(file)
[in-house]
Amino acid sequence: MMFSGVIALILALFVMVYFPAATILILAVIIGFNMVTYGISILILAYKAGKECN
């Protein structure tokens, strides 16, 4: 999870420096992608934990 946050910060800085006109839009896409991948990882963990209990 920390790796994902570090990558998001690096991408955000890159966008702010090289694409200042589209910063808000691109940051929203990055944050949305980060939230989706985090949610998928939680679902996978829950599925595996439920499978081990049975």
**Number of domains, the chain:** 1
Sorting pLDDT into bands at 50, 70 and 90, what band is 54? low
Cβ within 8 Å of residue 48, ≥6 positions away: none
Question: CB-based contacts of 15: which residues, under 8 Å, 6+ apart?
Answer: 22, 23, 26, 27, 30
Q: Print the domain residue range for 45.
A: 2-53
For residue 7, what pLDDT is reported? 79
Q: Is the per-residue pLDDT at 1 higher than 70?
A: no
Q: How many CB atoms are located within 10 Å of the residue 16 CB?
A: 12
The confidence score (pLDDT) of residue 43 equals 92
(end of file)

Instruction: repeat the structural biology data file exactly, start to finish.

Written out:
[in-house]
Amino acid sequence: MMFSGVIALILALFVMVYFPAATILILAVIIGFNMVTYGISILILAYKAGKECN
């Protein structure tokens, strides 16, 4: 999870420096992608934990 946050910060800085006109839009896409991948990882963990209990 920390790796994902570090990558998001690096991408955000890159966008702010090289694409200042589209910063808000691109940051929203990055944050949305980060939230989706985090949610998928939680679902996978829950599925595996439920499978081990049975």
**Number of domains, the chain:** 1
Sorting pLDDT into bands at 50, 70 and 90, what band is 54? low
Cβ within 8 Å of residue 48, ≥6 positions away: none
Question: CB-based contacts of 15: which residues, under 8 Å, 6+ apart?
Answer: 22, 23, 26, 27, 30
Q: Print the domain residue range for 45.
A: 2-53
For residue 7, what pLDDT is reported? 79
Q: Is the per-residue pLDDT at 1 higher than 70?
A: no
Q: How many CB atoms are located within 10 Å of the residue 16 CB?
A: 12
The confidence score (pLDDT) of residue 43 equals 92